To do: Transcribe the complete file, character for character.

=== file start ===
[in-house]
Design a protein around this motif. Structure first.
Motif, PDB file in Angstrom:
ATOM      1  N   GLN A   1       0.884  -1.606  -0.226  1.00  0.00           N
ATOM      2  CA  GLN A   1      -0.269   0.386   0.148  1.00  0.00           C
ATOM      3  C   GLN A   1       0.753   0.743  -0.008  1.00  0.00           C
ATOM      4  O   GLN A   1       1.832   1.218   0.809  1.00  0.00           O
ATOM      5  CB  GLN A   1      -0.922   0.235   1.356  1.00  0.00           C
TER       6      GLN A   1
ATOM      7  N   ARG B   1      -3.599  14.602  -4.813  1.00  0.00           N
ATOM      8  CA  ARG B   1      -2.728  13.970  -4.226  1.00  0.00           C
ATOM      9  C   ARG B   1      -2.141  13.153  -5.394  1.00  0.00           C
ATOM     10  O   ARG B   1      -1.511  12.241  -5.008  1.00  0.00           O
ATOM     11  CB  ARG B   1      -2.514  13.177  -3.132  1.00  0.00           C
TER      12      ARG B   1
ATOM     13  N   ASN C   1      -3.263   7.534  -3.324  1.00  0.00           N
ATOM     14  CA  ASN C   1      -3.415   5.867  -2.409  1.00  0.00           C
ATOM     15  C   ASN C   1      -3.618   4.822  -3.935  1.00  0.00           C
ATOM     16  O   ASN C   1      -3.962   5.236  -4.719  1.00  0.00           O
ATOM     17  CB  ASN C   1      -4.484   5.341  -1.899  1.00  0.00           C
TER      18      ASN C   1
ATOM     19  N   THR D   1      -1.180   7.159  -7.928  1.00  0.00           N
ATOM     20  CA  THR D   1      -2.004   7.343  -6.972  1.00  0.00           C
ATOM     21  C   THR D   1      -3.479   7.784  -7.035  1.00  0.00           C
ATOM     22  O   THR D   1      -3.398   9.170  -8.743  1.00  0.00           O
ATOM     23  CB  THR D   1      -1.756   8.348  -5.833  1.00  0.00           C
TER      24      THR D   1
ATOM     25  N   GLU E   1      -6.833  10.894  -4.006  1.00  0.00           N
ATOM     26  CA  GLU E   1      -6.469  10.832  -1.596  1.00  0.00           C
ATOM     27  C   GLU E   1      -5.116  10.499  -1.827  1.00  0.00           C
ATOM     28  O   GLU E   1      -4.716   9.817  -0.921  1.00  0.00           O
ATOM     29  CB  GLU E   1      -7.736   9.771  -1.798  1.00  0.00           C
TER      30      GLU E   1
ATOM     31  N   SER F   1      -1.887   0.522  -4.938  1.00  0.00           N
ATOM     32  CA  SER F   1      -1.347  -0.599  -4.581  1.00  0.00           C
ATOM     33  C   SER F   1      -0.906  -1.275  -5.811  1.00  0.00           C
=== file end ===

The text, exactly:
[in-house]
Design a protein around this motif. Structure first.
Motif, PDB file in Angstrom:
ATOM      1  N   GLN A   1       0.884  -1.606  -0.226  1.00  0.00           N
ATOM      2  CA  GLN A   1      -0.269   0.386   0.148  1.00  0.00           C
ATOM      3  C   GLN A   1       0.753   0.743  -0.008  1.00  0.00           C
ATOM      4  O   GLN A   1       1.832   1.218   0.809  1.00  0.00           O
ATOM      5  CB  GLN A   1      -0.922   0.235   1.356  1.00  0.00           C
TER       6      GLN A   1
ATOM      7  N   ARG B   1      -3.599  14.602  -4.813  1.00  0.00           N
ATOM      8  CA  ARG B   1      -2.728  13.970  -4.226  1.00  0.00           C
ATOM      9  C   ARG B   1      -2.141  13.153  -5.394  1.00  0.00           C
ATOM     10  O   ARG B   1      -1.511  12.241  -5.008  1.00  0.00           O
ATOM     11  CB  ARG B   1      -2.514  13.177  -3.132  1.00  0.00           C
TER      12      ARG B   1
ATOM     13  N   ASN C   1      -3.263   7.534  -3.324  1.00  0.00           N
ATOM     14  CA  ASN C   1      -3.415   5.867  -2.409  1.00  0.00           C
ATOM     15  C   ASN C   1      -3.618   4.822  -3.935  1.00  0.00           C
ATOM     16  O   ASN C   1      -3.962   5.236  -4.719  1.00  0.00           O
ATOM     17  CB  ASN C   1      -4.484   5.341  -1.899  1.00  0.00           C
TER      18      ASN C   1
ATOM     19  N   THR D   1      -1.180   7.159  -7.928  1.00  0.00           N
ATOM     20  CA  THR D   1      -2.004   7.343  -6.972  1.00  0.00           C
ATOM     21  C   THR D   1      -3.479   7.784  -7.035  1.00  0.00           C
ATOM     22  O   THR D   1      -3.398   9.170  -8.743  1.00  0.00           O
ATOM     23  CB  THR D   1      -1.756   8.348  -5.833  1.00  0.00           C
TER      24      THR D   1
ATOM     25  N   GLU E   1      -6.833  10.894  -4.006  1.00  0.00           N
ATOM     26  CA  GLU E   1      -6.469  10.832  -1.596  1.00  0.00           C
ATOM     27  C   GLU E   1      -5.116  10.499  -1.827  1.00  0.00           C
ATOM     28  O   GLU E   1      -4.716   9.817  -0.921  1.00  0.00           O
ATOM     29  CB  GLU E   1      -7.736   9.771  -1.798  1.00  0.00           C
TER      30      GLU E   1
ATOM     31  N   SER F   1      -1.887   0.522  -4.938  1.00  0.00           N
ATOM     32  CA  SER F   1      -1.347  -0.599  -4.581  1.00  0.00           C
ATOM     33  C   SER F   1      -0.906  -1.275  -5.811  1.00  0.00           C